Cape City to expire of water inside weeks

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Zille also cited severely low dam levels in the Eastern Cape, particularly in the water supply network of Nelson Mandela Bay.

"Due to a drop in the dam levels of 1.4 percent, "Day Zero" has, as of today, moved forward to 12 April", Ian Neilson, the deputy mayor, said in a statement on Tuesday.

The coastal city of Cape Town, located in the Western Cape of South Africa, has issued new water restrictions with the city now on the verge of running out of water.

The situation is even more dire in other parts of the country, where the town of Patensie has just 25 percent of their water quota left for the year, and Hankey just 9 percent; both are estimated to have their day zero on March 8, SABC TV reporter Jayed- Leigh Paulse said. The latest estimate for this unprecedented event is April 12.

The minister said critics like Western Cape Premier Helen Zille and DA leader Mmusi Maimane were trying to absolve themselves of their responsibilities in the management of the water crisis.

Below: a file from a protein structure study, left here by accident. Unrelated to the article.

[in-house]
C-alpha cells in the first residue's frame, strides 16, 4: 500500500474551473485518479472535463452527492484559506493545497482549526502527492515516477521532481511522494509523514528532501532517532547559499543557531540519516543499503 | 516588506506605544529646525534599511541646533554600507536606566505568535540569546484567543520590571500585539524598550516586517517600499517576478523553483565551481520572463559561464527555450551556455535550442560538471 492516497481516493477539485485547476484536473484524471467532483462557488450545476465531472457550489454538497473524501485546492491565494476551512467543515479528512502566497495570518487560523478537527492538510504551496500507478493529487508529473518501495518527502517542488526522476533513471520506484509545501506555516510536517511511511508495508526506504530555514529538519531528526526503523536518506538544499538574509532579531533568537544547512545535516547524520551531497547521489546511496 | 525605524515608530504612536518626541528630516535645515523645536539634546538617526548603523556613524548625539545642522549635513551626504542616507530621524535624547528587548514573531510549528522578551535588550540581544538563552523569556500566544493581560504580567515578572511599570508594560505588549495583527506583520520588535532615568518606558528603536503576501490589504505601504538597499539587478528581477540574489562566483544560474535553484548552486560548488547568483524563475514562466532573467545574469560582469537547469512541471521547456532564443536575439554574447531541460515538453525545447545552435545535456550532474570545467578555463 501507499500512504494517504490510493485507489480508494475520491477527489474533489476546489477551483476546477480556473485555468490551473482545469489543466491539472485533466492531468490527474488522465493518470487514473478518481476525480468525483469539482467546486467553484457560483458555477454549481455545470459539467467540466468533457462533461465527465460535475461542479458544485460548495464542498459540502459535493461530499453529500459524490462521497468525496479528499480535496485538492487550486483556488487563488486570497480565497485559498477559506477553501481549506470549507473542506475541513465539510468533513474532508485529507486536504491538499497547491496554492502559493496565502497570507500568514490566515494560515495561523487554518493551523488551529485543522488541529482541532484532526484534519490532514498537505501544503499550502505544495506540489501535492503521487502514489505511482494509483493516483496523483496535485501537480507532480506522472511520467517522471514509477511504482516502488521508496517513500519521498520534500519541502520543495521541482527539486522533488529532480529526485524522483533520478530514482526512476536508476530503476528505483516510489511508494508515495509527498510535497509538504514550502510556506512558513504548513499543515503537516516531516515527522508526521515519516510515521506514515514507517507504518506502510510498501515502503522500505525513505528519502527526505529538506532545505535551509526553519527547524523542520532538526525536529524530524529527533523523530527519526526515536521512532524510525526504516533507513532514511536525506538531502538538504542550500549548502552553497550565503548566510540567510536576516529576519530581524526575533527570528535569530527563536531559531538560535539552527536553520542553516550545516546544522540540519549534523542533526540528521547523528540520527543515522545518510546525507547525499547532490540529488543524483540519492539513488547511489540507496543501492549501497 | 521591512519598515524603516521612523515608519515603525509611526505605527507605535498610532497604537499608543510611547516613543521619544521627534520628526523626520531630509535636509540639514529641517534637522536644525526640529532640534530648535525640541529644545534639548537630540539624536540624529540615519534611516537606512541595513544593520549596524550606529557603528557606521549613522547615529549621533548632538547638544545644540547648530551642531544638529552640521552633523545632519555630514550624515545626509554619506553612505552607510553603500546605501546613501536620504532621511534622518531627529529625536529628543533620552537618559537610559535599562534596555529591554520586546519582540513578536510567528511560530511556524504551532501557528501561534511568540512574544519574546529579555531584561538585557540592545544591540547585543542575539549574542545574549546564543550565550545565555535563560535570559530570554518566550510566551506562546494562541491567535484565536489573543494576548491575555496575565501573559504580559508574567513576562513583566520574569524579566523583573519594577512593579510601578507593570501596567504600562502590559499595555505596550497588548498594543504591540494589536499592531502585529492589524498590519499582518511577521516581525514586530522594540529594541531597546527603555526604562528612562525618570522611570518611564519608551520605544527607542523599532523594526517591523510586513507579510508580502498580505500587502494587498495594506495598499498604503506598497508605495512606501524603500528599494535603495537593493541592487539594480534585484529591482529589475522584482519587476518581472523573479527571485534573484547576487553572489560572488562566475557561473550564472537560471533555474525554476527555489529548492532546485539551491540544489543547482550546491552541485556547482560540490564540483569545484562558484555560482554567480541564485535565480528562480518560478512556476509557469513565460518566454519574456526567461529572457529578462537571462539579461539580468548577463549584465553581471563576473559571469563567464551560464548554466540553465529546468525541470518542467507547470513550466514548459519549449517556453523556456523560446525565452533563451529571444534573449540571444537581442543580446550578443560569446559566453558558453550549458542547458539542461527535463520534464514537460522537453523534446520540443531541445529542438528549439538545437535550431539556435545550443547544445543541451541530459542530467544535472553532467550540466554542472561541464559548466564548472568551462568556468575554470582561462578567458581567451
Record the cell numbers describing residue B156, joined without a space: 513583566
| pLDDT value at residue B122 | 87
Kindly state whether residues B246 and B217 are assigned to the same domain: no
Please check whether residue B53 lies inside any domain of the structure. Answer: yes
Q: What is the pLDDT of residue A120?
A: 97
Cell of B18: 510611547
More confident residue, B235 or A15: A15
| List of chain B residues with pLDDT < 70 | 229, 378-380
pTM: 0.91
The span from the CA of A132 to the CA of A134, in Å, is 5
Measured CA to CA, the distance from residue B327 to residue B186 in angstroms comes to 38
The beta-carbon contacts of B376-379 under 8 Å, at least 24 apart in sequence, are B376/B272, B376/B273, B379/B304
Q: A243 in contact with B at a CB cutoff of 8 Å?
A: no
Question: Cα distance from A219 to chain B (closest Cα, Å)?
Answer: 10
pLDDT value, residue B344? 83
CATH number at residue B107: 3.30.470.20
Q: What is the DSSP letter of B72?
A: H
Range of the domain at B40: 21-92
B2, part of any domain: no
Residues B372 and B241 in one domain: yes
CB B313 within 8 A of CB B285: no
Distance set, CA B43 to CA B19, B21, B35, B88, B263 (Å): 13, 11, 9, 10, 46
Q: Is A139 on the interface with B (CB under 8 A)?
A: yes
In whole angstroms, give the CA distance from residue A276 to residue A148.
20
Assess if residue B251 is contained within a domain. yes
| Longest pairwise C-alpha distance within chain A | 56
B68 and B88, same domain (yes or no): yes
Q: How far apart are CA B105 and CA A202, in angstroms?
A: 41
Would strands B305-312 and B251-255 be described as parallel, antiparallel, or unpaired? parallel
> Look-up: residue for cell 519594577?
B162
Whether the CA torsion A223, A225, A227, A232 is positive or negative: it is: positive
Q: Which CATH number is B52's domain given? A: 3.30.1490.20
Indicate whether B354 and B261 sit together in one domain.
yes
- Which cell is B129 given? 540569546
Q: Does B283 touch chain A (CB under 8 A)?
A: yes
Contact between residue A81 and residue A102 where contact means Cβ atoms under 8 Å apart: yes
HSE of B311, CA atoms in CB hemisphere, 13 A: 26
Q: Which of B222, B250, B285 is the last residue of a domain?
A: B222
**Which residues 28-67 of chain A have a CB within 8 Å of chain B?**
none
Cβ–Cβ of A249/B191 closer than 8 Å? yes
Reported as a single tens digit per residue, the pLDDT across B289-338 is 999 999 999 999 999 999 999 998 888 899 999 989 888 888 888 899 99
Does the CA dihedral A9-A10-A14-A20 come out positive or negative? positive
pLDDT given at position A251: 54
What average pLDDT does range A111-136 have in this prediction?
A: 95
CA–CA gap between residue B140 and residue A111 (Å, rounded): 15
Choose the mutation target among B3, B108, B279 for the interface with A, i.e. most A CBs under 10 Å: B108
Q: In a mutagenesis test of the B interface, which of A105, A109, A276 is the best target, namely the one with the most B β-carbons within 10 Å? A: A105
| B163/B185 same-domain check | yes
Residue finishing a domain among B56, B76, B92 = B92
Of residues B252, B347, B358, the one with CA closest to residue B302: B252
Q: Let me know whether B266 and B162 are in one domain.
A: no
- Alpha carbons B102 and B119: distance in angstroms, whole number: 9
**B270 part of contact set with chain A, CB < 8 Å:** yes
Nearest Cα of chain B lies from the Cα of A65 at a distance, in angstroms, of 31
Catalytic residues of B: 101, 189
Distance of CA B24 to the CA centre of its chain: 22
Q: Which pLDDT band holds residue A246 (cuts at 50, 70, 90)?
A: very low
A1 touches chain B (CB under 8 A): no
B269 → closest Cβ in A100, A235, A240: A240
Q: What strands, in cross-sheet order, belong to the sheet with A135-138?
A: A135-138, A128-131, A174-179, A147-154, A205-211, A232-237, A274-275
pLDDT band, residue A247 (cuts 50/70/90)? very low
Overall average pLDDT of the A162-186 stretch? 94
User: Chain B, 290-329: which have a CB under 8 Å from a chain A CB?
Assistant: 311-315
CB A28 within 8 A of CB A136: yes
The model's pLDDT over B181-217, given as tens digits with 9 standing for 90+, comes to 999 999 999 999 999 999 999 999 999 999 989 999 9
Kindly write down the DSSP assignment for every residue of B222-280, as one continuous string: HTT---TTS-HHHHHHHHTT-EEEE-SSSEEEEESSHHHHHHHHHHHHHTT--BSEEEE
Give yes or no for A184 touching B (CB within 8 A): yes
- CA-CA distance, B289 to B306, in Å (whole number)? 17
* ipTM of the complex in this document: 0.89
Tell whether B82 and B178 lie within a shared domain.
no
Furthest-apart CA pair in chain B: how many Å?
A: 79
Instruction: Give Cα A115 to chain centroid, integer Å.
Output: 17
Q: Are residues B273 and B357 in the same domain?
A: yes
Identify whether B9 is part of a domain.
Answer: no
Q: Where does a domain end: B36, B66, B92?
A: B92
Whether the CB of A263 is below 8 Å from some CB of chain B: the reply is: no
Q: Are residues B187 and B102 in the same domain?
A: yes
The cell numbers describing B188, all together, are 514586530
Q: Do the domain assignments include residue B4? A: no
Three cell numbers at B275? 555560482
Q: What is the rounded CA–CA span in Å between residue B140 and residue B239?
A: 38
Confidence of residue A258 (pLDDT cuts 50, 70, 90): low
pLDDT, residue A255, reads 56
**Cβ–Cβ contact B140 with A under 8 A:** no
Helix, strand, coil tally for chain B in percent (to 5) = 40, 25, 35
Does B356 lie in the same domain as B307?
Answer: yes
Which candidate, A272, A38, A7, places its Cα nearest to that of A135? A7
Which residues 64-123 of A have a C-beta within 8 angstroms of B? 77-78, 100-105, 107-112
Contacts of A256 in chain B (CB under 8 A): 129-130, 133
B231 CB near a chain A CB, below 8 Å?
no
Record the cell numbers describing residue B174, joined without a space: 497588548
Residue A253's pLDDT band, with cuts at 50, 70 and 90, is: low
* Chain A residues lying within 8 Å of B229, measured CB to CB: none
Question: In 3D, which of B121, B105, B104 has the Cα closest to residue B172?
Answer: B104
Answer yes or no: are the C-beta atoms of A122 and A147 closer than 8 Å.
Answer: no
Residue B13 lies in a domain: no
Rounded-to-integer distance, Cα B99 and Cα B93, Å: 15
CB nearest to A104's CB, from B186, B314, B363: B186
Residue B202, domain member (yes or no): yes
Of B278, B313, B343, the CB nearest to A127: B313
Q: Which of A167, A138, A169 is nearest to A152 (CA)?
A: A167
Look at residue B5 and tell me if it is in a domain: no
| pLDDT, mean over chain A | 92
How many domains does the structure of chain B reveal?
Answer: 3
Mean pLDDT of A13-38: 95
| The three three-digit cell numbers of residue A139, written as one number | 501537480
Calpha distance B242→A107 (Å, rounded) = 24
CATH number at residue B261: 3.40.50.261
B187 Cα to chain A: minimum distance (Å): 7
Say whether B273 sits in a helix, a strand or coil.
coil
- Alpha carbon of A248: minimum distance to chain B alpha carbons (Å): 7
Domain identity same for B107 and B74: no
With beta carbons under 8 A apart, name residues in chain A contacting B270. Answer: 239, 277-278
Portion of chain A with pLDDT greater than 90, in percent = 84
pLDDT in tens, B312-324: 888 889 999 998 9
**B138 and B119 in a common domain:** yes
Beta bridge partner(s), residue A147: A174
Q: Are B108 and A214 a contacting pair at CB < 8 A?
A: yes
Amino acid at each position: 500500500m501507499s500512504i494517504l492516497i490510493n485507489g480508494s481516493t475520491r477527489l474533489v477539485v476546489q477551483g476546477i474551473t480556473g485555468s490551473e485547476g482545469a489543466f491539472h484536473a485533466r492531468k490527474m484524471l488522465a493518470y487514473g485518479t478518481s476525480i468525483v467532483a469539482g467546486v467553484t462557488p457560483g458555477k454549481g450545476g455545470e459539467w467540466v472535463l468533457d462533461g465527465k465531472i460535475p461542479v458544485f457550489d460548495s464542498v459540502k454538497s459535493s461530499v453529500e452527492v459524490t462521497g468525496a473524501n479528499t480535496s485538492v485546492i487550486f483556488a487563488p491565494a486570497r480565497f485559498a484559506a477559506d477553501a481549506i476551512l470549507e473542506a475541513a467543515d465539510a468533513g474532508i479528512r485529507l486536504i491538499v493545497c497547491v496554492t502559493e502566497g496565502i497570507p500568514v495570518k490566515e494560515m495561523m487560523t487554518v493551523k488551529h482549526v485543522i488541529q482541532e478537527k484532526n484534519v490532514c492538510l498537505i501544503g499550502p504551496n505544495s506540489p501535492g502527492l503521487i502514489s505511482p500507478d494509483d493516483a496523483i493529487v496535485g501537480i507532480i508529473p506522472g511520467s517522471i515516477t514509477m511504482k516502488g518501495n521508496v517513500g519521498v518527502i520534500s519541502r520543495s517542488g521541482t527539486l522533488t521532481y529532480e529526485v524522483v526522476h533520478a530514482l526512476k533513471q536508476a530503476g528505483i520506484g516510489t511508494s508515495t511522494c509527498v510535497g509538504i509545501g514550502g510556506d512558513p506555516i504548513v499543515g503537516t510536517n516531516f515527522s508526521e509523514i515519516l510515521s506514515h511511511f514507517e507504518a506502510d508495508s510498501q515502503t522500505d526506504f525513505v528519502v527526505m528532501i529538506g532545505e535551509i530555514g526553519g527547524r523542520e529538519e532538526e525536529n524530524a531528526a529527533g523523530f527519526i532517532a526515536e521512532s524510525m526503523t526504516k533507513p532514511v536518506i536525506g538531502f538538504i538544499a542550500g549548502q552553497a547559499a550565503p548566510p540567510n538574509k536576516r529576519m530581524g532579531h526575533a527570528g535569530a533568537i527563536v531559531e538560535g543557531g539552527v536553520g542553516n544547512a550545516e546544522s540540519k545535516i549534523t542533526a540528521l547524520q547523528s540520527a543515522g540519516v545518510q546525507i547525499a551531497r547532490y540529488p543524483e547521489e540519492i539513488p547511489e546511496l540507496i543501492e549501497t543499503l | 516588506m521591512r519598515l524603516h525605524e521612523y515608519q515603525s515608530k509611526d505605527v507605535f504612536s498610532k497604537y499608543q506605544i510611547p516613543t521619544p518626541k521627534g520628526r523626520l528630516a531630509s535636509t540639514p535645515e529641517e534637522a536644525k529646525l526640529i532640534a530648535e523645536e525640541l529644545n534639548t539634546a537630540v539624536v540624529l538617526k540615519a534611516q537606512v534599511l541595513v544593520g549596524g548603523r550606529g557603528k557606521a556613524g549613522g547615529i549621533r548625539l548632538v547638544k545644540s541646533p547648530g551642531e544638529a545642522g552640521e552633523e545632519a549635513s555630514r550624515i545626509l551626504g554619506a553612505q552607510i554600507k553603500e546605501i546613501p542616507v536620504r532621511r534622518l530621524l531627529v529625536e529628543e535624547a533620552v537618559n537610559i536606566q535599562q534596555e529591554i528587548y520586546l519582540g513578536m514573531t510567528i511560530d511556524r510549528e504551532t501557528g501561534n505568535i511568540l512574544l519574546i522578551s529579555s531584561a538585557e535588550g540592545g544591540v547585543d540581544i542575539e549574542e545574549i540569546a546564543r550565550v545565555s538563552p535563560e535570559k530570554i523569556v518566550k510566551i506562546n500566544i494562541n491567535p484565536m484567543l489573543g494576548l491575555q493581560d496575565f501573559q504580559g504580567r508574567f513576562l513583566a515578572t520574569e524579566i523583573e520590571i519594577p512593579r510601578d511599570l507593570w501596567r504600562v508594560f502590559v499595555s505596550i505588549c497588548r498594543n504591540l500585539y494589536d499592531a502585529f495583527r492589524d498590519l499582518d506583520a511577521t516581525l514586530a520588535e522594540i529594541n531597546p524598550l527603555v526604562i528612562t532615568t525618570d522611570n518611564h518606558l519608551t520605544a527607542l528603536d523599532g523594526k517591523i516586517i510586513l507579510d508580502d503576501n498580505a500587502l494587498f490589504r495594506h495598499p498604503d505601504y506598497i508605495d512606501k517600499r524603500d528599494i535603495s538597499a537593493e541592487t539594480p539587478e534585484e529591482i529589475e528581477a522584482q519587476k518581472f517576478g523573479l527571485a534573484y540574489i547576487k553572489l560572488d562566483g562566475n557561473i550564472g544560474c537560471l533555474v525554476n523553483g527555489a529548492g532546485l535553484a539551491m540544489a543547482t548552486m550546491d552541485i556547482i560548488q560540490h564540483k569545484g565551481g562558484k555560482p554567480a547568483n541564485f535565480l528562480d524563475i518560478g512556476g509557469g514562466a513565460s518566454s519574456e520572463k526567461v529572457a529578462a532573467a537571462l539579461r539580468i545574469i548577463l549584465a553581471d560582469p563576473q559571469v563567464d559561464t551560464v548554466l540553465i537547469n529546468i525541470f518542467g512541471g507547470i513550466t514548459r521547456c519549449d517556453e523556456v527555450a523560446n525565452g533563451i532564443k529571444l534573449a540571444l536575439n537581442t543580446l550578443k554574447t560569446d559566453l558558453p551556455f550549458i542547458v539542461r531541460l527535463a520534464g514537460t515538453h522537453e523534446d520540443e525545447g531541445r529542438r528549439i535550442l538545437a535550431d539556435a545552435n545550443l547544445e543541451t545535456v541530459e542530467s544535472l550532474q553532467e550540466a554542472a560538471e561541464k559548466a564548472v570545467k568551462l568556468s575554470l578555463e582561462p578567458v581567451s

The local government claims it tried to place water restrictions on residents previously by limiting the use of appliances and shortening the length of showers, but starting February 1, Cape Town "will force residents to cut their water consumption to 13.2 gallons per day, down from 23 gallons", according to NPR.

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A typical shower uses 15 litres per minute while a standard toilet consumes up to 15 litres per flush, according to WaterWise, a South African water usage awareness campaign.

"Life beyond Day Zero will present exceptional circumstances, and we hope that emergency bylaws will be brought in to enable Capetonians to use and share groundwater with neighbours for more uses in order to relieve the burden on the City's emergency Points of Distribution (PoDs)", WWF said in a press release.

"Day zero has been heading in one direction and that's towards us", said Christine Colvin, a resident and freshwater expert with the World Wildlife Fund.

Farrel Cohen, manager of the Metropolitan Golf Club in Mouille, said he was "too afraid to even think about" what Day Zero would mean for Cape Town.

"No amount of politicking and scapegoats will do away with the imminent water blackout we face in the Western Cape if we fail to act responsibly", Mokonyane said.

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